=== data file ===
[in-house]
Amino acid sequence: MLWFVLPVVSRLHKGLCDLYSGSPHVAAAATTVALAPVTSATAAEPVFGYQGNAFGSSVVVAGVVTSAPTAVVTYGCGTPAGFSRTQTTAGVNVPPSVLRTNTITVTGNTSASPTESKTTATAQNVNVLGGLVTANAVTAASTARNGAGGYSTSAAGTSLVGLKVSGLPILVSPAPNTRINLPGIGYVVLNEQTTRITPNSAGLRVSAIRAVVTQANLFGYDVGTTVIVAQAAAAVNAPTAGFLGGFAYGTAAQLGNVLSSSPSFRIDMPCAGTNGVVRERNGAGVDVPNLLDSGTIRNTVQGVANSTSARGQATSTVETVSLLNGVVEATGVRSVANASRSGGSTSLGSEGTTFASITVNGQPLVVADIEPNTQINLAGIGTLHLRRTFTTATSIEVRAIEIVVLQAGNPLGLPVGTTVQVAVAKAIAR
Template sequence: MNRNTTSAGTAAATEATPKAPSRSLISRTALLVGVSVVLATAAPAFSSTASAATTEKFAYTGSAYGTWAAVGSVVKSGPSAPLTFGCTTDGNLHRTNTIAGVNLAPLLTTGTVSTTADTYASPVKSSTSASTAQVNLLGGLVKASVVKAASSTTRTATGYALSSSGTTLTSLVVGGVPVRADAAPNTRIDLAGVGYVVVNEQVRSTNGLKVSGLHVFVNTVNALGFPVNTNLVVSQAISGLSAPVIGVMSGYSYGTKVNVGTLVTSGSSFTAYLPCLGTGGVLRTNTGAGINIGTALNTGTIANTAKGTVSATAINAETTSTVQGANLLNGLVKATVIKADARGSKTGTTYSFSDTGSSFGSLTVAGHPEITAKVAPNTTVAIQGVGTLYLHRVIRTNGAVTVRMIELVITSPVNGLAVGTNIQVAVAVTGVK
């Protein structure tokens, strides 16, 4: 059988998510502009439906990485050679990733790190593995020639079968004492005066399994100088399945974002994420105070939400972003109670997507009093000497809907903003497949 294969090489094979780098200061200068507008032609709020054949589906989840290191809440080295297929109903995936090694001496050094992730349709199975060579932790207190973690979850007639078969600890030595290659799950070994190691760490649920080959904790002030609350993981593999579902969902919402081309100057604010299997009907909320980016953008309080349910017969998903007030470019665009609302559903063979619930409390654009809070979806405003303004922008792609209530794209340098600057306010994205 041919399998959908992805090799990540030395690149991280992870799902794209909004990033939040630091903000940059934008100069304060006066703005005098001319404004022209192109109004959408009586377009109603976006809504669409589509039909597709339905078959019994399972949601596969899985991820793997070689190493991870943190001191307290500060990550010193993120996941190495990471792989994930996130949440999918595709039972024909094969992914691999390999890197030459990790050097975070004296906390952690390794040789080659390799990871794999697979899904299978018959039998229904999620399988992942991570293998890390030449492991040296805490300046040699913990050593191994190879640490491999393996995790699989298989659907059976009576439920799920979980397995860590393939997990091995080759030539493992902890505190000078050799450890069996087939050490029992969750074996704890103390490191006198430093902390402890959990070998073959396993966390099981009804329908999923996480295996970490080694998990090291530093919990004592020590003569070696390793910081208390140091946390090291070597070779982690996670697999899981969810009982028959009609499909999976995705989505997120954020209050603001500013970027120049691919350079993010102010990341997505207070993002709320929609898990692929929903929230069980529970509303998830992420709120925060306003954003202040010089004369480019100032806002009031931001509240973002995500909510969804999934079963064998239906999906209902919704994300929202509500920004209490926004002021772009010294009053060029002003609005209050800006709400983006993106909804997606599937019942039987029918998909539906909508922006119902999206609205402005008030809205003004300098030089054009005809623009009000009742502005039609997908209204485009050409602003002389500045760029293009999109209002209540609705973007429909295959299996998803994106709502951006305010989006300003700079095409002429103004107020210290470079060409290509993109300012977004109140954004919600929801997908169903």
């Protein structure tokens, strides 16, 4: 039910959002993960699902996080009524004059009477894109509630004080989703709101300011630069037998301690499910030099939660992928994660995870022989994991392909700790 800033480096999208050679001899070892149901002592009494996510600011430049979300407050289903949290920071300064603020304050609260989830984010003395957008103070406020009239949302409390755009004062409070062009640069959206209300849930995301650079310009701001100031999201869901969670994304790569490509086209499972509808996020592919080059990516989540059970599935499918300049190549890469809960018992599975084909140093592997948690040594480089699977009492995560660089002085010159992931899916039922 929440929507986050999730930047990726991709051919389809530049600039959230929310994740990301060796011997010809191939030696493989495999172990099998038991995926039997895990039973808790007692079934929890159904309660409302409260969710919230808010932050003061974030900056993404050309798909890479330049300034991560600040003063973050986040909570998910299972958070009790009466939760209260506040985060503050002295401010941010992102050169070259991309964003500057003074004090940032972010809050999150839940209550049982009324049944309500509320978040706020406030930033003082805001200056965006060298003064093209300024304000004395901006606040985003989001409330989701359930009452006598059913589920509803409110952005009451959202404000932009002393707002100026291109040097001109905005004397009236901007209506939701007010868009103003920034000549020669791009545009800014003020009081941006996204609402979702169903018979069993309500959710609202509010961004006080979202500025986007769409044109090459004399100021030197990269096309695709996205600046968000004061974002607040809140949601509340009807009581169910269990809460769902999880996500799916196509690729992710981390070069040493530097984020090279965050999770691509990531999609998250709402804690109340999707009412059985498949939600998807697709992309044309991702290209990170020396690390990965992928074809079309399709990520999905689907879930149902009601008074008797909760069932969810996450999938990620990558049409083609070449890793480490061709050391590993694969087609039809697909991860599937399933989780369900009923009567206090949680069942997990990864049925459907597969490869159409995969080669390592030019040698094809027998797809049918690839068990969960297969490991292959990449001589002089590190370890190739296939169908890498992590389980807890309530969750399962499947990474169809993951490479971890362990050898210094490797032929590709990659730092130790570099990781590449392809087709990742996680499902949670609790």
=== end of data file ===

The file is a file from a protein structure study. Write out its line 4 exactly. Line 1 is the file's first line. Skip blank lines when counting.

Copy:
């Protein structure tokens, strides 16, 4: 059988998510502009439906990485050679990733790190593995020639079968004492005066399994100088399945974002994420105070939400972003109670997507009093000497809907903003497949 294969090489094979780098200061200068507008032609709020054949589906989840290191809440080295297929109903995936090694001496050094992730349709199975060579932790207190973690979850007639078969600890030595290659799950070994190691760490649920080959904790002030609350993981593999579902969902919402081309100057604010299997009907909320980016953008309080349910017969998903007030470019665009609302559903063979619930409390654009809070979806405003303004922008792609209530794209340098600057306010994205 041919399998959908992805090799990540030395690149991280992870799902794209909004990033939040630091903000940059934008100069304060006066703005005098001319404004022209192109109004959408009586377009109603976006809504669409589509039909597709339905078959019994399972949601596969899985991820793997070689190493991870943190001191307290500060990550010193993120996941190495990471792989994930996130949440999918595709039972024909094969992914691999390999890197030459990790050097975070004296906390952690390794040789080659390799990871794999697979899904299978018959039998229904999620399988992942991570293998890390030449492991040296805490300046040699913990050593191994190879640490491999393996995790699989298989659907059976009576439920799920979980397995860590393939997990091995080759030539493992902890505190000078050799450890069996087939050490029992969750074996704890103390490191006198430093902390402890959990070998073959396993966390099981009804329908999923996480295996970490080694998990090291530093919990004592020590003569070696390793910081208390140091946390090291070597070779982690996670697999899981969810009982028959009609499909999976995705989505997120954020209050603001500013970027120049691919350079993010102010990341997505207070993002709320929609898990692929929903929230069980529970509303998830992420709120925060306003954003202040010089004369480019100032806002009031931001509240973002995500909510969804999934079963064998239906999906209902919704994300929202509500920004209490926004002021772009010294009053060029002003609005209050800006709400983006993106909804997606599937019942039987029918998909539906909508922006119902999206609205402005008030809205003004300098030089054009005809623009009000009742502005039609997908209204485009050409602003002389500045760029293009999109209002209540609705973007429909295959299996998803994106709502951006305010989006300003700079095409002429103004107020210290470079060409290509993109300012977004109140954004919600929801997908169903």